This movie has been available on DVD, first through Warner Home Video and then reissued through Warner Archive Collection, but it is the recent Blu-ray release from Warner Archive Collection that is the best version to see! Their new high definition transfer is gorgeous, allowing the colors to pop as they should! While I admit to having no prior experience with this movie before the Blu-ray, I can definitely say that the Warner Archive Collection’s reputation for stellar transfers made it an easy choice to try this movie out (having Doris Day in it didn’t hurt either), and I wasn’t disappointed!
Just for fun, now I would like to talk about the seven film Road series with Bing Crosby, Bob Hope and their frequent co-star Dorothy Lamour. I do admit, I could easily do a post on them as a screen team (whether it be all three of them together, Bing & Bob or Bob & Dottie), but most of their other appearances together are minor (mostly cameos that might spoil some movies), so I’ll just stick to this series. Of course, with that many movies in the series, I’ll link to the individual reviews for each of them.
The first film in the series, Road To Singapore, was almost a different beast entirely. Originally, the script went by the title The Road To Mandalay, and it was planned for different stars, including George Burns and Gracie Allen, and possibly a few others, all of whom turned it down. How it came to Bing Crosby and Bob Hope, who knows, as there have been many different stories of how that came to be. However, what is known is that Bing and Bob had worked together previously, on stage and at a racetrack opening, so they had established some kind of relationship, that eventually resulted in them being paired together for Road To Singapore, where they mostly “ad-libbed” their way through (much to the dismay of the film’s writers but the enjoyment of the film’s director, Victor Schertzinger).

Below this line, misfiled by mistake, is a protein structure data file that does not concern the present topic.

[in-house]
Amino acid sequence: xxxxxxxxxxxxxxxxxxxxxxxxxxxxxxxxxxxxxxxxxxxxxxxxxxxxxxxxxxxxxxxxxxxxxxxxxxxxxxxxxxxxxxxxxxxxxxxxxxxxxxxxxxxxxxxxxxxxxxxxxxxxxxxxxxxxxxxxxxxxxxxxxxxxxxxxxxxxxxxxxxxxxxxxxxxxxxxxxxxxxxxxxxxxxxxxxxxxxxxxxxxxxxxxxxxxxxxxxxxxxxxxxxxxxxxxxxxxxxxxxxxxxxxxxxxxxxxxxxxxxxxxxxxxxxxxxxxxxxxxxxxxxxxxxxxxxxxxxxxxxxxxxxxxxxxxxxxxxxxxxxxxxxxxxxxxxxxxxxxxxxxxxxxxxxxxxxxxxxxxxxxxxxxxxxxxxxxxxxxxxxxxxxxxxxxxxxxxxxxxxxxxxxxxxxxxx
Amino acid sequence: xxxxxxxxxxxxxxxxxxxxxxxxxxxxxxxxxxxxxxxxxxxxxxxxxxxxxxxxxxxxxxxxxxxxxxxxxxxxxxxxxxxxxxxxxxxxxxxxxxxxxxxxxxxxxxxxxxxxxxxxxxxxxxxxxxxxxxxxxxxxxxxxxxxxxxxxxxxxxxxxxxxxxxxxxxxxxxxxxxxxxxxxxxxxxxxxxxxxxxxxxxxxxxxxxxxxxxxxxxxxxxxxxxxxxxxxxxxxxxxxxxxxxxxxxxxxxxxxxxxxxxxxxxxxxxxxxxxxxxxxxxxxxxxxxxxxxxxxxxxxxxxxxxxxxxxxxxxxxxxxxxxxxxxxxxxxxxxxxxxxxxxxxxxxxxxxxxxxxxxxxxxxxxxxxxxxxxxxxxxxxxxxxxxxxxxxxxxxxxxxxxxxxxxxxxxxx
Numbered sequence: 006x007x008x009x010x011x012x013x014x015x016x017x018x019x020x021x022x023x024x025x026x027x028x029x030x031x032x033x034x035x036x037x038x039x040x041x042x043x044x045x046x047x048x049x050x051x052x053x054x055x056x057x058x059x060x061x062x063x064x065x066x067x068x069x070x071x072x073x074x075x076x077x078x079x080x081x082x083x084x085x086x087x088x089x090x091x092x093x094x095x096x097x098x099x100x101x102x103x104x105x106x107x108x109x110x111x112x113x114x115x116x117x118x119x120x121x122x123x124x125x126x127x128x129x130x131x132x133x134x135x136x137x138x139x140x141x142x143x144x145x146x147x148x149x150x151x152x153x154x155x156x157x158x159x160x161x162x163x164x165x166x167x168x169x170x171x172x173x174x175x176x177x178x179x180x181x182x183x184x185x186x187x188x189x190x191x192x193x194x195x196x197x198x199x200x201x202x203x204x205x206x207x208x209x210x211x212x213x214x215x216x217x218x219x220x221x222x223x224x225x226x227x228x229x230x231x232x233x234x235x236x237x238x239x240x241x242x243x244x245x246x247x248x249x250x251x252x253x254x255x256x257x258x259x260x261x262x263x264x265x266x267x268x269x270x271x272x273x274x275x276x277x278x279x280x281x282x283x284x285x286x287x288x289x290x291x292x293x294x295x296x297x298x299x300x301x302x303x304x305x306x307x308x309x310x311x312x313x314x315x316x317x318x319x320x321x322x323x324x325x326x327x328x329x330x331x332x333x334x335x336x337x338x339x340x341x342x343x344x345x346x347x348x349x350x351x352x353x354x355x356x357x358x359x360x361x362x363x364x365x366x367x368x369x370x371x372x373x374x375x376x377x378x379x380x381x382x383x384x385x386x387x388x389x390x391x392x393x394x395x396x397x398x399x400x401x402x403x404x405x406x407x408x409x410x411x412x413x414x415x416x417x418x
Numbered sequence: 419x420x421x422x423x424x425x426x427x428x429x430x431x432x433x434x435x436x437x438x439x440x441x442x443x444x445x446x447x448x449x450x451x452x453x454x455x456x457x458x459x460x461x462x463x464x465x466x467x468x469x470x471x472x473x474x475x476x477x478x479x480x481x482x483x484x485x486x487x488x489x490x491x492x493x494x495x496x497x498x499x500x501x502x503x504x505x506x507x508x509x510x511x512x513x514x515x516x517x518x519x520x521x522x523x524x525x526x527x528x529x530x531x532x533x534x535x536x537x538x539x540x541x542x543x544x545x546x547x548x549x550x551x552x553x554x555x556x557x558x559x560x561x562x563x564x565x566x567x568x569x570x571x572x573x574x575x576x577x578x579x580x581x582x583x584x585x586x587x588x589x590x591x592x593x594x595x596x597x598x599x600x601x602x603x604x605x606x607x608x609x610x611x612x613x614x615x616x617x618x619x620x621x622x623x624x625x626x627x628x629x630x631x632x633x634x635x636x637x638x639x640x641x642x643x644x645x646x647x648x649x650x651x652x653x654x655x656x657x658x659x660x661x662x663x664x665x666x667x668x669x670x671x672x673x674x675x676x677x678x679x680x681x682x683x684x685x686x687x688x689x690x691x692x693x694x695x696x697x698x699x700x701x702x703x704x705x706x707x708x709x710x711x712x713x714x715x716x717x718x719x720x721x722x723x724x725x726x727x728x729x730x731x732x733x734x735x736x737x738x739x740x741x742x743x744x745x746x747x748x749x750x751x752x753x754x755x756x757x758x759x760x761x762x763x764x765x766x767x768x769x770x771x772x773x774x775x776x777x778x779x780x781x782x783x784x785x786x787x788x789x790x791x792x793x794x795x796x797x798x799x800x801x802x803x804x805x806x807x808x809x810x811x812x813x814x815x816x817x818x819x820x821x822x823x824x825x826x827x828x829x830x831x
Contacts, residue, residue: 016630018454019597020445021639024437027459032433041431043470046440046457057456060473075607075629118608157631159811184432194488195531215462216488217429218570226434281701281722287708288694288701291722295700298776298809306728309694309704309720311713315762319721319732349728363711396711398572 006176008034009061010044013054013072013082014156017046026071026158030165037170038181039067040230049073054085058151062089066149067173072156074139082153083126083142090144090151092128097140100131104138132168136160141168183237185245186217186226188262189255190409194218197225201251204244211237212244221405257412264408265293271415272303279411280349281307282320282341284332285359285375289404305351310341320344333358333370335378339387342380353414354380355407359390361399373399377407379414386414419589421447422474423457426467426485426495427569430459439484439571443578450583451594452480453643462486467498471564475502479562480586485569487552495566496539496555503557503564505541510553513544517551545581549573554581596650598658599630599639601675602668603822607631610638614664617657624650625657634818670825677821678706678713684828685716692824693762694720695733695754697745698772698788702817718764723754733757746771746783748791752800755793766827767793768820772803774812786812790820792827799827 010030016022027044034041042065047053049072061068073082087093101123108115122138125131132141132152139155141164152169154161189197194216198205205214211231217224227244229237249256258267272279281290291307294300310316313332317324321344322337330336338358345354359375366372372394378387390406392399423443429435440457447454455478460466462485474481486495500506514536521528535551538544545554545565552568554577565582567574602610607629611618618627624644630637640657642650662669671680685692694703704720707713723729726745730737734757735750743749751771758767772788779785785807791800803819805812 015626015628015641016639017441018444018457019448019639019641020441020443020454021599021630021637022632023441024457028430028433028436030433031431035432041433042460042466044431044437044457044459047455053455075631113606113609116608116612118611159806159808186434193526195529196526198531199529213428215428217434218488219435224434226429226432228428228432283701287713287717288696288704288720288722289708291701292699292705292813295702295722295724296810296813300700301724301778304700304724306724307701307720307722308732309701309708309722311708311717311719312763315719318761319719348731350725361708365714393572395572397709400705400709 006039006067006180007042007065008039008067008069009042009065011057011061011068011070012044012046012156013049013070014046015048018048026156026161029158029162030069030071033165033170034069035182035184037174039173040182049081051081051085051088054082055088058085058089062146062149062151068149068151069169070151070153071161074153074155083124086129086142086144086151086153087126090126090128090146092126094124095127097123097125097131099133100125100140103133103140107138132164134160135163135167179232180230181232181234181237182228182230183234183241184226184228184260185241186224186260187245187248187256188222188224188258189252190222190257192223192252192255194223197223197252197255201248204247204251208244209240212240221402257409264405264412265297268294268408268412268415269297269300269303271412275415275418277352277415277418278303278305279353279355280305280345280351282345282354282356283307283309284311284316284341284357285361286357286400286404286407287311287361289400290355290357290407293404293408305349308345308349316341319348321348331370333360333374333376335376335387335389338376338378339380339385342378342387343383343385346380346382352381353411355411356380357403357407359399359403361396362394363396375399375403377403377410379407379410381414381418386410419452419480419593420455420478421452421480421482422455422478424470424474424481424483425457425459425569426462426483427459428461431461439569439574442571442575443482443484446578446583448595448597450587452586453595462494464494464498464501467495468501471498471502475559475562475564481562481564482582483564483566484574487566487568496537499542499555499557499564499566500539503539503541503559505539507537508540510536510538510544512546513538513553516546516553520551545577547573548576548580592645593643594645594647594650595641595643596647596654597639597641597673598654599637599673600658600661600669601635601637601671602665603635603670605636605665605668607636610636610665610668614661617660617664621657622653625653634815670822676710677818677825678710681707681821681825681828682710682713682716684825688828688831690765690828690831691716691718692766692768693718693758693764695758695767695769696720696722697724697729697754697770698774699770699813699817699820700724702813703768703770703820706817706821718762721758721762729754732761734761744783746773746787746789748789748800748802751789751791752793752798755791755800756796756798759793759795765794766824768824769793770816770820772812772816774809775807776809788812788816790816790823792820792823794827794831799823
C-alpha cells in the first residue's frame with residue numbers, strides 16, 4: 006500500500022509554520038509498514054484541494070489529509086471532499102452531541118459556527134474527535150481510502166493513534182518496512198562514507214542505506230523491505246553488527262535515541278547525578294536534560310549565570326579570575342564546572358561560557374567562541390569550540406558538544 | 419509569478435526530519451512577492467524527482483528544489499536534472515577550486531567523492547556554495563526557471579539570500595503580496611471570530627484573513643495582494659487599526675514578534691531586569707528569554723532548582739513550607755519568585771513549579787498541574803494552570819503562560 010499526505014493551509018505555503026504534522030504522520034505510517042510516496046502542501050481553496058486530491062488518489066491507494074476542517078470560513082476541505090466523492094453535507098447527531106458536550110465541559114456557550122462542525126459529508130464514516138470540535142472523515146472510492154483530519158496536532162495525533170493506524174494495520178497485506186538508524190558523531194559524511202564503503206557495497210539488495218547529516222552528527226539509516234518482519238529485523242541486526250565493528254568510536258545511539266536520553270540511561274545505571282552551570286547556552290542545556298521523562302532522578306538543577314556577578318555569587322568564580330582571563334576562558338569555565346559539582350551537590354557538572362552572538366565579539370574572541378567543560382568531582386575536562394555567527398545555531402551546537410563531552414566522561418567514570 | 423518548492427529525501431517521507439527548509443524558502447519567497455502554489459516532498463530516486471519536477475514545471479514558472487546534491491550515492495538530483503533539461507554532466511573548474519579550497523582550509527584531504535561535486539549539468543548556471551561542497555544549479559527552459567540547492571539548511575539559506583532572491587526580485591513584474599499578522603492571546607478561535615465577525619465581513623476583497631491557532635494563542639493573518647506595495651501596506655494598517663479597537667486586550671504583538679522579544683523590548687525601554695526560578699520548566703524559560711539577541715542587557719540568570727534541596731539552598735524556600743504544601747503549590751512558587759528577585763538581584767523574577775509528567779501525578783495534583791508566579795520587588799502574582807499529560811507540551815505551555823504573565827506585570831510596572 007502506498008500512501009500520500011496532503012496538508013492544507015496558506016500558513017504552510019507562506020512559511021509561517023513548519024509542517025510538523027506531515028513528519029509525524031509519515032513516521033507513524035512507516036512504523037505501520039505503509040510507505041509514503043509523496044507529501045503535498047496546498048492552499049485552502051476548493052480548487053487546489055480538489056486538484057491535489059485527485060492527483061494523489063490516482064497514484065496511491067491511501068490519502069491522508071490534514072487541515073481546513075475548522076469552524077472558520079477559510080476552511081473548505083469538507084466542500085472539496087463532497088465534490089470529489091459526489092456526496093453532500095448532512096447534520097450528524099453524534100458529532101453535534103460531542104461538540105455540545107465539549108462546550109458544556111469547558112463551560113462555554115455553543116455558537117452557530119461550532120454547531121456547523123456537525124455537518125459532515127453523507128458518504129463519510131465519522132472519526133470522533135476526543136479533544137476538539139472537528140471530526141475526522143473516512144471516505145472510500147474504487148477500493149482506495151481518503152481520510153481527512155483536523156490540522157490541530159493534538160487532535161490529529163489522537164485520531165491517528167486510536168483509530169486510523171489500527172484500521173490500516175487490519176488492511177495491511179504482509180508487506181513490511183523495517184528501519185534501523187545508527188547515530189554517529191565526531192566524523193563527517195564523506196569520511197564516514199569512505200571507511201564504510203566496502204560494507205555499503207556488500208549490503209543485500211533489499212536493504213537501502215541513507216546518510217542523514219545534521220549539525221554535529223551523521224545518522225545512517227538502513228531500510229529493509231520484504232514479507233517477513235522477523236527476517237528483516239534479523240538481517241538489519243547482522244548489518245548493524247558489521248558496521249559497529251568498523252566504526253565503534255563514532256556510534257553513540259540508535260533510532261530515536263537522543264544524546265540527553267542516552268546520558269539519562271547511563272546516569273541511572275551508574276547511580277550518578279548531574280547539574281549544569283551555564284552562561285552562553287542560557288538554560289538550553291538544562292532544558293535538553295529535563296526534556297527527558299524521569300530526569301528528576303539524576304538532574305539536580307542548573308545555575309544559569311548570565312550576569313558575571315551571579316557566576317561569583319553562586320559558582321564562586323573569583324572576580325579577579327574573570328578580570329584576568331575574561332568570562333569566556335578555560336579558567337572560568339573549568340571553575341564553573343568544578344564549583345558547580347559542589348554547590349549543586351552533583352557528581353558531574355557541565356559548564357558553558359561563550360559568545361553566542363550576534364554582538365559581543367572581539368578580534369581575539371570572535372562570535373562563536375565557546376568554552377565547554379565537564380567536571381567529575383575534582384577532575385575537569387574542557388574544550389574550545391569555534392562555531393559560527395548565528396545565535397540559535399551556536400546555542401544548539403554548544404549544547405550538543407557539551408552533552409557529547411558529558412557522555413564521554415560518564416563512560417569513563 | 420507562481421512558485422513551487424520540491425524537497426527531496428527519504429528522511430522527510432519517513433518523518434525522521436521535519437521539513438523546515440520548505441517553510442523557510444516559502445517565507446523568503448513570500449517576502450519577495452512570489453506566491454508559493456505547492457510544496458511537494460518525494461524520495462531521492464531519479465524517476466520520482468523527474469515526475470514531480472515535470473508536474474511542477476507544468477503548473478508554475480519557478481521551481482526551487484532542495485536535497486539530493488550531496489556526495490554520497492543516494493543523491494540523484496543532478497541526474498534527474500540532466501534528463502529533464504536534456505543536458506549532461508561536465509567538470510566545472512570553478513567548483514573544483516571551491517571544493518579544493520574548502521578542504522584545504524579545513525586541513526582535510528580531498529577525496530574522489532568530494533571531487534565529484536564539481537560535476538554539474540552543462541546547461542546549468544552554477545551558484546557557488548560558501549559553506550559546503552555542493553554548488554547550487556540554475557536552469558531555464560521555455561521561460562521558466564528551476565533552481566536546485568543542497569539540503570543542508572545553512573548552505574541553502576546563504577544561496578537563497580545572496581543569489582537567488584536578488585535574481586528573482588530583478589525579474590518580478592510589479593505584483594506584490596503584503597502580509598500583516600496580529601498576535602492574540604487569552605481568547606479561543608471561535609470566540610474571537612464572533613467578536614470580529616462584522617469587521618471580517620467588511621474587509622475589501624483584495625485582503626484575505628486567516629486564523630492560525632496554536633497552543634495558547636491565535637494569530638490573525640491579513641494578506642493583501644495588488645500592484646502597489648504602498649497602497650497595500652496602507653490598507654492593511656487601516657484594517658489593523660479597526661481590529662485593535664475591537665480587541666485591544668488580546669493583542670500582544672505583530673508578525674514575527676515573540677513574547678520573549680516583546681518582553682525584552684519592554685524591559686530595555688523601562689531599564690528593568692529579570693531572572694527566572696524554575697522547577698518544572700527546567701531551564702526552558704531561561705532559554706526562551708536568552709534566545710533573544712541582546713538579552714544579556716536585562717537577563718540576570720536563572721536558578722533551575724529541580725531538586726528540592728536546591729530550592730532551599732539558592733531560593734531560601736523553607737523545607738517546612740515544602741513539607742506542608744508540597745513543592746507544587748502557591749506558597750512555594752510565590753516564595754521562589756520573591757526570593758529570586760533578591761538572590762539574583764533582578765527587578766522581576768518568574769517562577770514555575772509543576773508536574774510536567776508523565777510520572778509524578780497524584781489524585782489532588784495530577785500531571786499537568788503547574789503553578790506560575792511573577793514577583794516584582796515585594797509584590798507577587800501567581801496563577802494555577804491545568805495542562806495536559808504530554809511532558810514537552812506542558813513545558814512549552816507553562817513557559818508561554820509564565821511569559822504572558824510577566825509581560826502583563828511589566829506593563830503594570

Few at Paramount had any idea how big Road To Singapore would turn out to be. The movie’s success prompted them to look at another property for them to do. What would become Road To Zanzibar came from a script called “Find Colonel Fawcett” that they had turned down before due to its similarity to another movie. Reworked, it became the next film in the Road series. With Victor Schertzinger returning as director, the boys were given the same freedom they had enjoyed before, with “ad-libs” thrown around, and an increase in breaking the fourth wall, with many winks to the audience. Of course, their characters and their relationship onscreen became more defined, and less dramatic than the movie before.
Coming off the success of the first two movies, they were finally given a script written specifically for them. Victor Schertzinger was slated to be the film’s director, but his sudden passing left the film’s reins being passed to David Butler. With a script written for them, even more hilarity was allowed, whether it be talking camels (with animated lips and eyes but otherwise realistic bodies) or songs that fit their style of comedy, like the title song. And then there’s the start of a trend for the remaining films, in which stuff happens that, in other films, would be considered goofs or plot holes in other movies, but are done on purpose. For example, in Morocco, the boys are tied up and left behind stuck in nets in the desert, trying to hop their way after the villains in one shot, and in the next are completely free, and they openly state they won’t tell the audience how they got out).
With Road To Morocco proving to be a big success, the fact that another movie would come was inevitable. However, Road To Utopia went through a number of delays. The writers had a hard time coming up with a script that all three of the leads would agree to. Consequently, it is the odd duck in the series, with us being introduced to Dorothy Lamour’s character as soon as the boys (the only time in the series that she was introduced that soon instead of making her first appearance nearly twenty minutes into the movie like in the other five she starred in). Once finished, the movie would still be delayed, partly due to the success of Road To Morocco (since movies stayed in theatres longer then), as well as giving Bing room for success with his Academy Award winning role in Going My Way.
With Road To Rio, the series began bringing in celebrities for various cameo appearances. The Andrews Sisters joined Bing for the song “You Don’t Have To Know The Language,” and Jerry Colonna was the leader of the cavalry trying to come to the rescue at the end of the movie. Road To Bali brought in a few more celebrities (borrowing footage from The African Queen for Humphrey Bogart’s appearance). Another change for Bali was the change to color, as the previous entries had all been filmed in black-and-white. However, this would also be the last movie in the series done at Paramount Studios.